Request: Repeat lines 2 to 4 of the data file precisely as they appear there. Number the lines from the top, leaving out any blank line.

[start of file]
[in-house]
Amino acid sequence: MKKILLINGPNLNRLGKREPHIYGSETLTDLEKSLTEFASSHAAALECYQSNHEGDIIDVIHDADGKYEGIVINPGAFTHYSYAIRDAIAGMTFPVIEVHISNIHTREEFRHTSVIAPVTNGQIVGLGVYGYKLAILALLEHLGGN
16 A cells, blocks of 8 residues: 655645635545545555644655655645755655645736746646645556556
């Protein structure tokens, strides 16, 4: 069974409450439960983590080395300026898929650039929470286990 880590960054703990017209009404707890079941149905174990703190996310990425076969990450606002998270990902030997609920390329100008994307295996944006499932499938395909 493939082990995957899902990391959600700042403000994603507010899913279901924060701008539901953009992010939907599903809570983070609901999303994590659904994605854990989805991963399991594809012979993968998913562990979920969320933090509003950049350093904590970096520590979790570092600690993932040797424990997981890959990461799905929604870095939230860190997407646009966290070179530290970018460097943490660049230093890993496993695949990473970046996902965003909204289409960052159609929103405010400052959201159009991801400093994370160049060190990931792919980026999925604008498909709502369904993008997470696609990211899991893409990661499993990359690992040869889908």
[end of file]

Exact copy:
Amino acid sequence: MKKILLINGPNLNRLGKREPHIYGSETLTDLEKSLTEFASSHAAALECYQSNHEGDIIDVIHDADGKYEGIVINPGAFTHYSYAIRDAIAGMTFPVIEVHISNIHTREEFRHTSVIAPVTNGQIVGLGVYGYKLAILALLEHLGGN
16 A cells, blocks of 8 residues: 655645635545545555644655655645755655645736746646645556556
């Protein structure tokens, strides 16, 4: 069974409450439960983590080395300026898929650039929470286990 880590960054703990017209009404707890079941149905174990703190996310990425076969990450606002998270990902030997609920390329100008994307295996944006499932499938395909 493939082990995957899902990391959600700042403000994603507010899913279901924060701008539901953009992010939907599903809570983070609901999303994590659904994605854990989805991963399991594809012979993968998913562990979920969320933090509003950049350093904590970096520590979790570092600690993932040797424990997981890959990461799905929604870095939230860190997407646009966290070179530290970018460097943490660049230093890993496993695949990473970046996902965003909204289409960052159609929103405010400052959201159009991801400093994370160049060190990931792919980026999925604008498909709502369904993008997470696609990211899991893409990661499993990359690992040869889908």